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Bicycle Tips
Spring Riding
 

Lousy spring or not, it’s ever so much warmer than winter and that makes it a lot easier to get on a bike, at least on the rare days when it’s not raining. Still, it’s in the 50’s and that feels downright cold unless dressed properly.  Winter’s easier!  As long as it’s sunny, the roads are dry and temperature is above 35, three layers of technical clothing from socks up sees me good to go for 90 minutes.
There have been a few almost warm, sunny days when my heart said shorts and a jersey but my bike brain dictated long sleeves and tights.  One sunny day in recent memory it was in the mid 50’s and I came upon my friend Katie B. wearing shorts and a t shirt running past Ft. McClary with her usual picture perfect form.  She looked at my regalia and querulously asked if I was overdressed. Not really was my response and as she shook her head in disbelief I rode off.   
Within a mile a real rider blasted by me dressed as lightly as Katie, wearing just a jersey and shorts.
The need for validation got the better of me and I used a downhill grade in a big gear to power up to him.   Freezing was his answer to my obvious question.  Now here’s a rider that knows better but the bike’s summertime persona seizes the moment proving once again there’s no other piece of sporting goods equipment that carries so much baggage as the bike.  Most adult cyclists are warped for life by childhood cycling moments that make an indelible impression that gets in the way.
On a couple of other recent rides I learned that spinning in class doesn’t exactly translate to the road.  On a spin bike increasing the resistance is sort of like going uphill but there’s no downhill equivalent to the rapid increase in pedal speed that gravity induced momentum creates.  Around here no roads are dead flat for long and downhill grades are the place to learn how to control the pedals.  
When faced with faster pedals don’t shift into a bigger gear, rather try and keep up with what seems like warp speed but actually isn’t all that fast.  It takes a while for that to be possible so coast and spin and coast and try again. For those that persevere and ride the same route progress becomes apparent as there’s less and less coasting required.  The net result is a faster spin that brings with it the pedal control that enables good riders to ride well within themselves while harnessing momentum and rolling over terrain unfocused riders regard as hilly.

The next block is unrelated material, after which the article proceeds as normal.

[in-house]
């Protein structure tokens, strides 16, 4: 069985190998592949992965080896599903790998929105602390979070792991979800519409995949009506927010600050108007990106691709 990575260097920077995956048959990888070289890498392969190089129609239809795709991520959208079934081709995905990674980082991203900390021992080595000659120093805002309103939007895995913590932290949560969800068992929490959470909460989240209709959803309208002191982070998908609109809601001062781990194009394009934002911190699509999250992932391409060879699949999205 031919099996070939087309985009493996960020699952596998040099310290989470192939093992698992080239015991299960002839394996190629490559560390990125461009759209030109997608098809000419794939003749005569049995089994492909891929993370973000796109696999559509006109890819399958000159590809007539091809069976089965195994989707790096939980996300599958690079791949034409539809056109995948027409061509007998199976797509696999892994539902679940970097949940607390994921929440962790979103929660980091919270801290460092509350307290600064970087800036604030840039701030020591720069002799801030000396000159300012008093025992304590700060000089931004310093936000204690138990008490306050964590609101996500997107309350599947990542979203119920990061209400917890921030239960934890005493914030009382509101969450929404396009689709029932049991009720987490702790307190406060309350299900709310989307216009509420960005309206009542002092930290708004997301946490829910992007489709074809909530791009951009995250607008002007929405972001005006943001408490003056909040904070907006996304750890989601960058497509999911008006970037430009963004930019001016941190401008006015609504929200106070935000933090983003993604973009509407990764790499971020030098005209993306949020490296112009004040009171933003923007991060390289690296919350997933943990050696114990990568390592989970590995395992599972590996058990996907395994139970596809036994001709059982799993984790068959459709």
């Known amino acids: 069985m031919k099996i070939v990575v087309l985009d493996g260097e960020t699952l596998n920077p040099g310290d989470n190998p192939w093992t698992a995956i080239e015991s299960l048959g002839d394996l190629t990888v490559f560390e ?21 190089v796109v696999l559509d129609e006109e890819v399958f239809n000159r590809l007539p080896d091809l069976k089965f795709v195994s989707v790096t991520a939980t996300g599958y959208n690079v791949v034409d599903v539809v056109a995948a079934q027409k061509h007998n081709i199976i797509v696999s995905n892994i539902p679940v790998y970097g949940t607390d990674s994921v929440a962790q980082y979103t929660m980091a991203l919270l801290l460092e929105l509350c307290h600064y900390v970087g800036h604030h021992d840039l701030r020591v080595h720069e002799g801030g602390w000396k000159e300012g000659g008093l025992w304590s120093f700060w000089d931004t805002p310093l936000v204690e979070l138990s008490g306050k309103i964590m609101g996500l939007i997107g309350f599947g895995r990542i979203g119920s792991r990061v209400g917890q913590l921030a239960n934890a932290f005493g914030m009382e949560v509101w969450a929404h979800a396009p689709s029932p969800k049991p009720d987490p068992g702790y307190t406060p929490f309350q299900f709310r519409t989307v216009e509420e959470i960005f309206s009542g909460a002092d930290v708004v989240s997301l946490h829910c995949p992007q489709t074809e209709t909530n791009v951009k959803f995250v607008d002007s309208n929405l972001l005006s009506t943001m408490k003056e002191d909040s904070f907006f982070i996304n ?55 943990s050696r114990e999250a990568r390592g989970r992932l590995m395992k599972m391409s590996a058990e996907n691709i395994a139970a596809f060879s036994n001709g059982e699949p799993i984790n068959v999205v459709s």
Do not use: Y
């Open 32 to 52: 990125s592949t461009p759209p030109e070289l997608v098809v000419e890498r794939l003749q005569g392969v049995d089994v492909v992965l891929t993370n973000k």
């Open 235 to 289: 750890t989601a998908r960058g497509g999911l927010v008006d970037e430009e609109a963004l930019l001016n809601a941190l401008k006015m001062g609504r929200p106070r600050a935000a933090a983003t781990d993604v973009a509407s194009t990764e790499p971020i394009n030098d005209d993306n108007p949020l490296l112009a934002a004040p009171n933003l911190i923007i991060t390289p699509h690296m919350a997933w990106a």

Increased leg speed with no additional effort is every rider’s dream and that can only develop spinning low gears. With sufficient practice the brain remembers the same high rpm’s in bigger gears and the legs respond.  As physical as riding seems it’s actually a mental trick that good riders routinely employ.  It makes seemingly impossible distances not only rideable but comfortable.  
On another recent ride I met Rich who’s dressed like a rider but in the big gear turning 70 rpm he’s not there. He wonders how Lance or anyone can turn 90 all day long over varying terrain.   I broke the news that they didn’t get there by grinding big gears.  After that he’s easily persuaded to shift into his small front ring. That’s a good thing as I’m in a smaller gear and it’s killing me to spin fast enough to keep up.
Once on the small front ring Rich immediately reports his speed is 2 mph slower but his cadence monitor reveals his leg speed increased by 10 rpm’s.  Throughout the ride he struggles to resist shifting on downhill grades and does a lot of momentary coasting but quickly he begins to get the hang of it.  He tells me it’s not really at all like the spinning he’s done in class.
Then it began to rain and the fastest way home took over.  FYI getting caught in the rain is actually fun when it’s warm but on this raw day it’s a lesson on how much worse life can be. By the time I get home I’m a shivering wet rat but my inner self is flooded with warm feelings of gratitude for how easy life usually is.  
On another ride, Catherine, a new rider who spent the winter in a spinning class let the pedals get away from her on every downhill grade.  As with every recreational rider she shifted gears to get more resistance.  Truth is she had the leg speed to keep up with the pedals but the faster pedal speed comes on so quickly that it tricked her into thinking she couldn’t manage it.  Once she began spinning through the extra speed she found it manageable.  Even better she was able to maintain more leg speed on level ground and it was no harder than her normal pace.  “Now I know what spinning is” came as a revelation and it’s the first giant step to becoming an accomplished rider.
One of these moons the sun is going to shine and I can hardly wait to share what normal spring riding on these fabulous roads is really like.

 
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